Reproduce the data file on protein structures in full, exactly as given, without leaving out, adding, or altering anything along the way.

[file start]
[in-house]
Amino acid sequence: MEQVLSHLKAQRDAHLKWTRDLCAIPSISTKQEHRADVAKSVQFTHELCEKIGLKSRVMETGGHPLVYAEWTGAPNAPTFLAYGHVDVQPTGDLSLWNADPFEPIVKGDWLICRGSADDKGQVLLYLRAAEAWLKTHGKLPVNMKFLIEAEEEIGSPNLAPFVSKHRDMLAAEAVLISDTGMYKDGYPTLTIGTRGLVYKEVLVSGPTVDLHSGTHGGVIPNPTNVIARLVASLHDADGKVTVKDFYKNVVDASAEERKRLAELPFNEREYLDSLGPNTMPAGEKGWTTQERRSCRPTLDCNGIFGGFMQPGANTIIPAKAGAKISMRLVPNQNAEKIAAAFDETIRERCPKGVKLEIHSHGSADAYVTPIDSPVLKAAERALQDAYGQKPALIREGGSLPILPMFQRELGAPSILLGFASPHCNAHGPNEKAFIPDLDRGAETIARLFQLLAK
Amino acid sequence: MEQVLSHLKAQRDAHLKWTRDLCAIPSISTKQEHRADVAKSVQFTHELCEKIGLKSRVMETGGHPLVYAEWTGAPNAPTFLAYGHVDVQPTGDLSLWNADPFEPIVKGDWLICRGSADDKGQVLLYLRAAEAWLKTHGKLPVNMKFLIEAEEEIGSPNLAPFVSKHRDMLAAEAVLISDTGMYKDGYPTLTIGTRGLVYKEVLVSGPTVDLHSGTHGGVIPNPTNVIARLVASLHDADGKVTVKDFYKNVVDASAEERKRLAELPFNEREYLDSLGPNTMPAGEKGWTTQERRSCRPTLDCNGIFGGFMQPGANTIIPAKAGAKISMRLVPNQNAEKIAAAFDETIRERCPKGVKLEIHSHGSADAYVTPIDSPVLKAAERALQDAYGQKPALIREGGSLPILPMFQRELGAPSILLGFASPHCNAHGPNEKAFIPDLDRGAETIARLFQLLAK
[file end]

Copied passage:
[in-house]
Amino acid sequence: MEQVLSHLKAQRDAHLKWTRDLCAIPSISTKQEHRADVAKSVQFTHELCEKIGLKSRVMETGGHPLVYAEWTGAPNAPTFLAYGHVDVQPTGDLSLWNADPFEPIVKGDWLICRGSADDKGQVLLYLRAAEAWLKTHGKLPVNMKFLIEAEEEIGSPNLAPFVSKHRDMLAAEAVLISDTGMYKDGYPTLTIGTRGLVYKEVLVSGPTVDLHSGTHGGVIPNPTNVIARLVASLHDADGKVTVKDFYKNVVDASAEERKRLAELPFNEREYLDSLGPNTMPAGEKGWTTQERRSCRPTLDCNGIFGGFMQPGANTIIPAKAGAKISMRLVPNQNAEKIAAAFDETIRERCPKGVKLEIHSHGSADAYVTPIDSPVLKAAERALQDAYGQKPALIREGGSLPILPMFQRELGAPSILLGFASPHCNAHGPNEKAFIPDLDRGAETIARLFQLLAK
Amino acid sequence: MEQVLSHLKAQRDAHLKWTRDLCAIPSISTKQEHRADVAKSVQFTHELCEKIGLKSRVMETGGHPLVYAEWTGAPNAPTFLAYGHVDVQPTGDLSLWNADPFEPIVKGDWLICRGSADDKGQVLLYLRAAEAWLKTHGKLPVNMKFLIEAEEEIGSPNLAPFVSKHRDMLAAEAVLISDTGMYKDGYPTLTIGTRGLVYKEVLVSGPTVDLHSGTHGGVIPNPTNVIARLVASLHDADGKVTVKDFYKNVVDASAEERKRLAELPFNEREYLDSLGPNTMPAGEKGWTTQERRSCRPTLDCNGIFGGFMQPGANTIIPAKAGAKISMRLVPNQNAEKIAAAFDETIRERCPKGVKLEIHSHGSADAYVTPIDSPVLKAAERALQDAYGQKPALIREGGSLPILPMFQRELGAPSILLGFASPHCNAHGPNEKAFIPDLDRGAETIARLFQLLAK